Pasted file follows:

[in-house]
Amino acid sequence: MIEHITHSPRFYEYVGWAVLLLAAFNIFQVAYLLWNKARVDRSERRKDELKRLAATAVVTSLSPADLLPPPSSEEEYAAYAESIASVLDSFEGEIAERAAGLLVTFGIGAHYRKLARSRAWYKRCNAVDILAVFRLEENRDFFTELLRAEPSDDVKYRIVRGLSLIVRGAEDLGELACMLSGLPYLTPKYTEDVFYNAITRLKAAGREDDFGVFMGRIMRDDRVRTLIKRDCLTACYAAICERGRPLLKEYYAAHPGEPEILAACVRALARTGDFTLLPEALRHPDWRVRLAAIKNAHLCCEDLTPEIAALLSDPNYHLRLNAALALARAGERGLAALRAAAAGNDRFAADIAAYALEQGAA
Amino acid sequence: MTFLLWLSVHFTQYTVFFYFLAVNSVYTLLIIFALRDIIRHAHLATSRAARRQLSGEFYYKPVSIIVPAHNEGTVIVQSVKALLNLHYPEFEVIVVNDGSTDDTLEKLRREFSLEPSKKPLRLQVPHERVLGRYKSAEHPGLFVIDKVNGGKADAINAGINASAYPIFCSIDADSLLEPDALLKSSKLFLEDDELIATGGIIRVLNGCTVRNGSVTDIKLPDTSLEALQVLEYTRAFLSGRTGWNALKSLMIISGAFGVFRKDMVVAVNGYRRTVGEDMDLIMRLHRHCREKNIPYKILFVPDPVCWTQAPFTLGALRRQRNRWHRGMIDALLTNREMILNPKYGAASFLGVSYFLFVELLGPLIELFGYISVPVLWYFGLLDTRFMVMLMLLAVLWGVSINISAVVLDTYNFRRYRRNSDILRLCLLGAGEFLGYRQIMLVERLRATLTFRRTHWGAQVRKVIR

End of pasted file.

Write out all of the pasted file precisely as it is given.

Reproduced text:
[in-house]
Amino acid sequence: MIEHITHSPRFYEYVGWAVLLLAAFNIFQVAYLLWNKARVDRSERRKDELKRLAATAVVTSLSPADLLPPPSSEEEYAAYAESIASVLDSFEGEIAERAAGLLVTFGIGAHYRKLARSRAWYKRCNAVDILAVFRLEENRDFFTELLRAEPSDDVKYRIVRGLSLIVRGAEDLGELACMLSGLPYLTPKYTEDVFYNAITRLKAAGREDDFGVFMGRIMRDDRVRTLIKRDCLTACYAAICERGRPLLKEYYAAHPGEPEILAACVRALARTGDFTLLPEALRHPDWRVRLAAIKNAHLCCEDLTPEIAALLSDPNYHLRLNAALALARAGERGLAALRAAAAGNDRFAADIAAYALEQGAA
Amino acid sequence: MTFLLWLSVHFTQYTVFFYFLAVNSVYTLLIIFALRDIIRHAHLATSRAARRQLSGEFYYKPVSIIVPAHNEGTVIVQSVKALLNLHYPEFEVIVVNDGSTDDTLEKLRREFSLEPSKKPLRLQVPHERVLGRYKSAEHPGLFVIDKVNGGKADAINAGINASAYPIFCSIDADSLLEPDALLKSSKLFLEDDELIATGGIIRVLNGCTVRNGSVTDIKLPDTSLEALQVLEYTRAFLSGRTGWNALKSLMIISGAFGVFRKDMVVAVNGYRRTVGEDMDLIMRLHRHCREKNIPYKILFVPDPVCWTQAPFTLGALRRQRNRWHRGMIDALLTNREMILNPKYGAASFLGVSYFLFVELLGPLIELFGYISVPVLWYFGLLDTRFMVMLMLLAVLWGVSINISAVVLDTYNFRRYRRNSDILRLCLLGAGEFLGYRQIMLVERLRATLTFRRTHWGAQVRKVIR